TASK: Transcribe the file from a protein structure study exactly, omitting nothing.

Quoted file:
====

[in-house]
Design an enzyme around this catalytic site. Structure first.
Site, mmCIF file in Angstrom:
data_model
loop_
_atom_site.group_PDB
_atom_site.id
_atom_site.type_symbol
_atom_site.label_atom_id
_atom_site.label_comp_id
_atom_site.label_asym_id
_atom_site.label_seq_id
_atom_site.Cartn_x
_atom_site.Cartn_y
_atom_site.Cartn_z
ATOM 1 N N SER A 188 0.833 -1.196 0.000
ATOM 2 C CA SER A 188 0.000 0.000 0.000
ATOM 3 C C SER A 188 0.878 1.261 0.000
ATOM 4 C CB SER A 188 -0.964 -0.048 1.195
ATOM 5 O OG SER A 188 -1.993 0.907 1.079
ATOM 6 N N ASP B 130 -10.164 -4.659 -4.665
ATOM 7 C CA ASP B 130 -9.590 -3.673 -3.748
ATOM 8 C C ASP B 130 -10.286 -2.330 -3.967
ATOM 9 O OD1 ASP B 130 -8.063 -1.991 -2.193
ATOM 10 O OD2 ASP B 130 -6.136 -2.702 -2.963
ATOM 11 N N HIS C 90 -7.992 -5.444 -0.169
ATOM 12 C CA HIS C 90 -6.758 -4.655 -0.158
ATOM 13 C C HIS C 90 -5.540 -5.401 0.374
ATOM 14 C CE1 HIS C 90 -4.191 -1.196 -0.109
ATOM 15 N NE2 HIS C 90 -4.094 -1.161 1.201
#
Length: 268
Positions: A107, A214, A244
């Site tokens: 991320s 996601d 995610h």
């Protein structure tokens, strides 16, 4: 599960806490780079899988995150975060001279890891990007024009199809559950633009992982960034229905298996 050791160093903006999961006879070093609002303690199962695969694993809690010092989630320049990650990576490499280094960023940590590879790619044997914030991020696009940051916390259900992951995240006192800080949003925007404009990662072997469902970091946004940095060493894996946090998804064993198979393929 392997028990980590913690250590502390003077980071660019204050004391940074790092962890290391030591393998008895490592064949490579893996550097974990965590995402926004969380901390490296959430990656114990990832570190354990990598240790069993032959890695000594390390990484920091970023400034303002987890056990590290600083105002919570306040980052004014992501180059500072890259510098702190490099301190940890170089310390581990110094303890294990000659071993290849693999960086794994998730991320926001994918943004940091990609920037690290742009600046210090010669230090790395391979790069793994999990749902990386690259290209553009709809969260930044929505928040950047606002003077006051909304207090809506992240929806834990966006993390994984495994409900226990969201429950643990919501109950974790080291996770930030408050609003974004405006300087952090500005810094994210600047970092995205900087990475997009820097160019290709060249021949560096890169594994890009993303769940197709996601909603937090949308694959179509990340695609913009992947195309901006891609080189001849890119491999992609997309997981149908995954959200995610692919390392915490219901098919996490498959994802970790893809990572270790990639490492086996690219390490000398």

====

[in-house]
Design an enzyme around this catalytic site. Structure first.
Site, mmCIF file in Angstrom:
data_model
loop_
_atom_site.group_PDB
_atom_site.id
_atom_site.type_symbol
_atom_site.label_atom_id
_atom_site.label_comp_id
_atom_site.label_asym_id
_atom_site.label_seq_id
_atom_site.Cartn_x
_atom_site.Cartn_y
_atom_site.Cartn_z
ATOM 1 N N SER A 188 0.833 -1.196 0.000
ATOM 2 C CA SER A 188 0.000 0.000 0.000
ATOM 3 C C SER A 188 0.878 1.261 0.000
ATOM 4 C CB SER A 188 -0.964 -0.048 1.195
ATOM 5 O OG SER A 188 -1.993 0.907 1.079
ATOM 6 N N ASP B 130 -10.164 -4.659 -4.665
ATOM 7 C CA ASP B 130 -9.590 -3.673 -3.748
ATOM 8 C C ASP B 130 -10.286 -2.330 -3.967
ATOM 9 O OD1 ASP B 130 -8.063 -1.991 -2.193
ATOM 10 O OD2 ASP B 130 -6.136 -2.702 -2.963
ATOM 11 N N HIS C 90 -7.992 -5.444 -0.169
ATOM 12 C CA HIS C 90 -6.758 -4.655 -0.158
ATOM 13 C C HIS C 90 -5.540 -5.401 0.374
ATOM 14 C CE1 HIS C 90 -4.191 -1.196 -0.109
ATOM 15 N NE2 HIS C 90 -4.094 -1.161 1.201
#
Length: 268
Positions: A107, A214, A244
């Site tokens: 991320s 996601d 995610h």
């Protein structure tokens, strides 16, 4: 599960806490780079899988995150975060001279890891990007024009199809559950633009992982960034229905298996 050791160093903006999961006879070093609002303690199962695969694993809690010092989630320049990650990576490499280094960023940590590879790619044997914030991020696009940051916390259900992951995240006192800080949003925007404009990662072997469902970091946004940095060493894996946090998804064993198979393929 392997028990980590913690250590502390003077980071660019204050004391940074790092962890290391030591393998008895490592064949490579893996550097974990965590995402926004969380901390490296959430990656114990990832570190354990990598240790069993032959890695000594390390990484920091970023400034303002987890056990590290600083105002919570306040980052004014992501180059500072890259510098702190490099301190940890170089310390581990110094303890294990000659071993290849693999960086794994998730991320926001994918943004940091990609920037690290742009600046210090010669230090790395391979790069793994999990749902990386690259290209553009709809969260930044929505928040950047606002003077006051909304207090809506992240929806834990966006993390994984495994409900226990969201429950643990919501109950974790080291996770930030408050609003974004405006300087952090500005810094994210600047970092995205900087990475997009820097160019290709060249021949560096890169594994890009993303769940197709996601909603937090949308694959179509990340695609913009992947195309901006891609080189001849890119491999992609997309997981149908995954959200995610692919390392915490219901098919996490498959994802970790893809990572270790990639490492086996690219390490000398």